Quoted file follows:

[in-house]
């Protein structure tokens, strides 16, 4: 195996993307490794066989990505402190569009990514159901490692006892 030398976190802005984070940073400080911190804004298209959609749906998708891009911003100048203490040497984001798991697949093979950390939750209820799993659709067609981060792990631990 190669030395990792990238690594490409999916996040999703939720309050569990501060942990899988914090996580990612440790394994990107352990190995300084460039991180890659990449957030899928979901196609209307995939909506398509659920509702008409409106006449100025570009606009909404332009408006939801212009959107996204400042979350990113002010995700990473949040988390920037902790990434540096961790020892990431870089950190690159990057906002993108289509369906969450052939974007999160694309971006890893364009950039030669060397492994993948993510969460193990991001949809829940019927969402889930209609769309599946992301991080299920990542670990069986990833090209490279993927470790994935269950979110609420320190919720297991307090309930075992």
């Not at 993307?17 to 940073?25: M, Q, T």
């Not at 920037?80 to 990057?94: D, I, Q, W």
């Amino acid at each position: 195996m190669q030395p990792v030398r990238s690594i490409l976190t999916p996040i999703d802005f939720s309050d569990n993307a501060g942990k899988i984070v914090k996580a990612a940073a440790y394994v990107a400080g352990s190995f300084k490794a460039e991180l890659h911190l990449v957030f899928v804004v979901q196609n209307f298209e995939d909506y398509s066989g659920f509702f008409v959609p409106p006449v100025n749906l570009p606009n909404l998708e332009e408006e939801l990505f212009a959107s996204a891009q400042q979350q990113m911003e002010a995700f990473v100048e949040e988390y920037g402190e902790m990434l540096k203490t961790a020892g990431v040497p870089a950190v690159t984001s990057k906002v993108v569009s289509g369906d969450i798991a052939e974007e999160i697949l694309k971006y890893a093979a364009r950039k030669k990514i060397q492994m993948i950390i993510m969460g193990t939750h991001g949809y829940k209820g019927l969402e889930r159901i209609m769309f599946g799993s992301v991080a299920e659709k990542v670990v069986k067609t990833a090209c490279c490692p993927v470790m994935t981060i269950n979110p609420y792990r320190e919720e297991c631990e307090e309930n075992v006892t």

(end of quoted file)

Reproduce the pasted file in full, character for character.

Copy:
[in-house]
């Protein structure tokens, strides 16, 4: 195996993307490794066989990505402190569009990514159901490692006892 030398976190802005984070940073400080911190804004298209959609749906998708891009911003100048203490040497984001798991697949093979950390939750209820799993659709067609981060792990631990 190669030395990792990238690594490409999916996040999703939720309050569990501060942990899988914090996580990612440790394994990107352990190995300084460039991180890659990449957030899928979901196609209307995939909506398509659920509702008409409106006449100025570009606009909404332009408006939801212009959107996204400042979350990113002010995700990473949040988390920037902790990434540096961790020892990431870089950190690159990057906002993108289509369906969450052939974007999160694309971006890893364009950039030669060397492994993948993510969460193990991001949809829940019927969402889930209609769309599946992301991080299920990542670990069986990833090209490279993927470790994935269950979110609420320190919720297991307090309930075992």
């Not at 993307?17 to 940073?25: M, Q, T």
């Not at 920037?80 to 990057?94: D, I, Q, W």
């Amino acid at each position: 195996m190669q030395p990792v030398r990238s690594i490409l976190t999916p996040i999703d802005f939720s309050d569990n993307a501060g942990k899988i984070v914090k996580a990612a940073a440790y394994v990107a400080g352990s190995f300084k490794a460039e991180l890659h911190l990449v957030f899928v804004v979901q196609n209307f298209e995939d909506y398509s066989g659920f509702f008409v959609p409106p006449v100025n749906l570009p606009n909404l998708e332009e408006e939801l990505f212009a959107s996204a891009q400042q979350q990113m911003e002010a995700f990473v100048e949040e988390y920037g402190e902790m990434l540096k203490t961790a020892g990431v040497p870089a950190v690159t984001s990057k906002v993108v569009s289509g369906d969450i798991a052939e974007e999160i697949l694309k971006y890893a093979a364009r950039k030669k990514i060397q492994m993948i950390i993510m969460g193990t939750h991001g949809y829940k209820g019927l969402e889930r159901i209609m769309f599946g799993s992301v991080a299920e659709k990542v670990v069986k067609t990833a090209c490279c490692p993927v470790m994935t981060i269950n979110p609420y792990r320190e919720e297991c631990e307090e309930n075992v006892t």